Beyond Meat Sees Greater Losses Than Expected, Cites Restaurant Closures

By Steve Wynne-Jones
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Beyond Meat Sees Greater Losses Than Expected, Cites Restaurant Closures

Plant-based meat manufacturer Beyond Meat Inc has reported a larger quarterly loss than expected, as it incurred higher freight costs, spent heavily on testing new product launches, and sold less to pandemic-hit restaurants.

The California-based company, which sells faux meat in over 100,000 outlets worldwide, last year benefited from consumers stockpiling their freezers with bulk packages of its 'burgers' during stay-at-home orders across the United States.

However, sales to restaurants took a hit as many closed. Chief executive Ethan Brown said during a call with analysts that he was seeing a "slow thaw" of that trend.

Foodservice Recovery

Even so, Beyond Meat expects the recovery in its foodservice business to lag the broader restaurant sector because it sells in many places where capacity is recovering more slowly, including sports venues.

As restaurant sales fell, the company accumulated more pea protein, leading to higher costs for warehousing, it said.


Competition is rising among plant-based protein makers. In 2020, U.S. plant-based retail sales reached $7 billion (€5.8 billion), up 27% year on year, according to the Good Food Institute and the Plant-Based Foods Association (PBFA).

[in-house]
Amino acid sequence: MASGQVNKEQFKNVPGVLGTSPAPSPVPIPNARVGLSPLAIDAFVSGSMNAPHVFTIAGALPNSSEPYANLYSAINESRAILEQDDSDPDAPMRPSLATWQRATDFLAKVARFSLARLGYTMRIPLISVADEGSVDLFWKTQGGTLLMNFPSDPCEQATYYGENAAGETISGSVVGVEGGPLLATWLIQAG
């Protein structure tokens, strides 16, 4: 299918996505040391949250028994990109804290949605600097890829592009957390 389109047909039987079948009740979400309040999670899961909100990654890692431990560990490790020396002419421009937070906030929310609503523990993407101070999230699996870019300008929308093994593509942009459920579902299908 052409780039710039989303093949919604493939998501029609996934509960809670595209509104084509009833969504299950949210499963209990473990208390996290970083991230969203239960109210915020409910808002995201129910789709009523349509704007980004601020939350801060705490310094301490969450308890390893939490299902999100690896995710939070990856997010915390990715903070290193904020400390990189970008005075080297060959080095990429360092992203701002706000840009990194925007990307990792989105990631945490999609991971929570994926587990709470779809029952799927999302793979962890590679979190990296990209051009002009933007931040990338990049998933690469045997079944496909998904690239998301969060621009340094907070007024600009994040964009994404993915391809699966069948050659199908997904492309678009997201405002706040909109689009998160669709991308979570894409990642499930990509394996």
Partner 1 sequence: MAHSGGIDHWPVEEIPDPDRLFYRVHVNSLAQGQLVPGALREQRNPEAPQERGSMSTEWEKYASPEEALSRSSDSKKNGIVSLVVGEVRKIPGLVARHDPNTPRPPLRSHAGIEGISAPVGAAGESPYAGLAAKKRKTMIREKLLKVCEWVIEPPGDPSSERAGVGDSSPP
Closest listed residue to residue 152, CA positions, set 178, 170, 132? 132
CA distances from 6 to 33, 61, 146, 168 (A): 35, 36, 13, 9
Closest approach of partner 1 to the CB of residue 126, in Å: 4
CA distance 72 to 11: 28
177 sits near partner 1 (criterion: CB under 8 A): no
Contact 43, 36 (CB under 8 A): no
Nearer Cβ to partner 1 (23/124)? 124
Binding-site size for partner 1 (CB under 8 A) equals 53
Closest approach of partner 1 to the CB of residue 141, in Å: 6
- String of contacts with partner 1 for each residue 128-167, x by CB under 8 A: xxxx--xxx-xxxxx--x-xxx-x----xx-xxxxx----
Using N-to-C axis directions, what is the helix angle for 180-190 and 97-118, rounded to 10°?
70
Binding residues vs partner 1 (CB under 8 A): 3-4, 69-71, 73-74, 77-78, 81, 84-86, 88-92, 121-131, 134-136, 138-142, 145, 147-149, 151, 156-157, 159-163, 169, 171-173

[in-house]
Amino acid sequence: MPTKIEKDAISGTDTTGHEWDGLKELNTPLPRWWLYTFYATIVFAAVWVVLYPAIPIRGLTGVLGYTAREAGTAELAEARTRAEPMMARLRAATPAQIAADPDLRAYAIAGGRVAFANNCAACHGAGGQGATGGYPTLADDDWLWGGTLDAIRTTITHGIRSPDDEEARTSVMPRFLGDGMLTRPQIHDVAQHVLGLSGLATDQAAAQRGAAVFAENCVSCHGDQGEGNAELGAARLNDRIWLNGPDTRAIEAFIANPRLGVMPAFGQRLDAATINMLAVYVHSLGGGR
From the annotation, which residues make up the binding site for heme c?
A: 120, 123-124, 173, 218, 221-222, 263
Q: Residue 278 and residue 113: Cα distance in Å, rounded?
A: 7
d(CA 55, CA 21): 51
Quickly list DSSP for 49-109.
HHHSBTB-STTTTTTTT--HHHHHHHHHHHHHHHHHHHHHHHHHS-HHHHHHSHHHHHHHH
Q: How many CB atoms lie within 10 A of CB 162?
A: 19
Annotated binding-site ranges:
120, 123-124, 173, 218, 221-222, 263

Impossible Foods

Impossible Foods Inc, Beyond Meat's biggest rival, is preparing for a public listing which could value the company at around $10 billion or more, Reuters reported in April.

Brown said Beyond Meat's "main competitor" was discounting two-thirds of its sales and said he was "not going to react and get into some sort of discounting war with them."

Beyond Meat expects second-quarter revenue in the range of $135 million to $150 million, a rise of 19% to 32%. Analysts had forecast revenue of $142.8 million, according to IBES data from Refinitiv.


In the first quarter ended April 3, net revenue rose about 11% to $108.2 million (€89.7 million), missing estimates of $113.7 million.

Excluding one-time items, it lost 42 cents per share - wider than analysts' expectations of 19 cents.

Its bottom line swung to a net loss of $26.8 million from a profit of $1.8 million a year ago.

News by Reuters, edited by ESM. For more A-Brands stores, click here. Click subscribe to sign up to ESM: European Supermarket Magazine.

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